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    Yes there were ways of modifying paper contrast with fixed grades. People would often split paper development between a higher and lower contrast developer to get intermediate grades. Flashing was also a more important tool with graded paper. These techniques wouldn't do much for your midtone issue though. They are mostly aimed at controlling total contrast. Your issue seems to have more to do with local contrast in the midtones. As I said before you pretty much have to get the midtones where you want them with the right paper grade in your case, and then use controls to help you get the shadows and highlights.

    If you're using variable contrast paper like Ilford MG, take advantage of the flexibility!
     
  17. Oren Grad

    Oren Grad Subscriber

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    What Michael said. The problem you're having is with the shape of the curve - the way tones are distributed between highlights, midtones and shadows - not with the slope or overall contrast. Print developers aren't going to give you much help with the shape. If you're committed to using the same paper for everything, and you don't want to change your film/film developer, then I end up in the same place as Michael - the only thing left is to learn how to balance overall contrast and local manipulation most effectively.
     
  18. MattKing

    MattKing Subscriber

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    Split grade is definitely the way to proceed - and below lens filters work very well if they are handled carefully.

    There is lots of good advice already in this thread.

    As an experiment I would suggest trying a print where your only attention is to those problematic mid-tones. Get to a print where you are happy with those, and then determine what split grade modifications you need to print the other tones.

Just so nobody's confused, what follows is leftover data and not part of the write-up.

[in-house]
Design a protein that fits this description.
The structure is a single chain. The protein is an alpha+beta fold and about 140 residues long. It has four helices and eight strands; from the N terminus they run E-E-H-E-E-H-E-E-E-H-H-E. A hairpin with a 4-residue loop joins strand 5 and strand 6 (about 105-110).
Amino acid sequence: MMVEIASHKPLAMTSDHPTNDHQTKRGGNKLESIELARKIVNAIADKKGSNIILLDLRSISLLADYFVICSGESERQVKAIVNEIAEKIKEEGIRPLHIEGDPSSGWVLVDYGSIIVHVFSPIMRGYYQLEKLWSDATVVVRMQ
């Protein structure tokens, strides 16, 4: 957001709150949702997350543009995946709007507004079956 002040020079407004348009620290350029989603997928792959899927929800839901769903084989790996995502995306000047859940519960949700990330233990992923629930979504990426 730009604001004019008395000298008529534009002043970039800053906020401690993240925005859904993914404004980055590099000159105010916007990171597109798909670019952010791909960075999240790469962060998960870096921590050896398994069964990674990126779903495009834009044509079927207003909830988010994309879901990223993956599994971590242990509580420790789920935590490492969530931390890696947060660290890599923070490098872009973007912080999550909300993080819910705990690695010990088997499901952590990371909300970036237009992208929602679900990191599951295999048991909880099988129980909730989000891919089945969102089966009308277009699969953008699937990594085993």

FWIW, this is essentially how I approach all my prints - I focus first on the most important tones - usually, but not always the mid-tones - and then work with the rest.
     
  19. Shawn Dougherty

    Shawn Dougherty Member

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    +1. It's sound advice.
     
  20. DREW WILEY

    DREW WILEY Member

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    I generally prefer relatively straight-line films so that I get good value separation even deep down in
    the shadows, but might "plus" develop to expand the midtones and highlights, then burn will in the
    highlights with a deep green filter on a premium VC paper. A more elegant method is unsharp masking.
    Actually, I intend this as a clue - my personal route will vary from image to image. The more tools in
    your kit of strategy, the better.
     
  21. David Allen

    David Allen Member

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    Dear Jonathan,

    My first question is what times are you using with what film in BTTB developer? - This is important in giving you meaningful advice.

    Secondly, negatives developed with BTTB developer should print fine on normal grades but what are you looking for?

    If you look at the images on my website, please let me know how they relate to the type of images YOU want to produce and then I can advise further.

    Bests,

    David
    www.dsallen.de
     
  22. michael_r

    michael_r Subscriber

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    It may not be the most straight forward mask to make. A typical unsharp mask would decrease local contrast requiring an increase in paper/filter grade, not to mention how it can change the "look" of the print in addition to altering contrast. Other types of masks are possible, of course.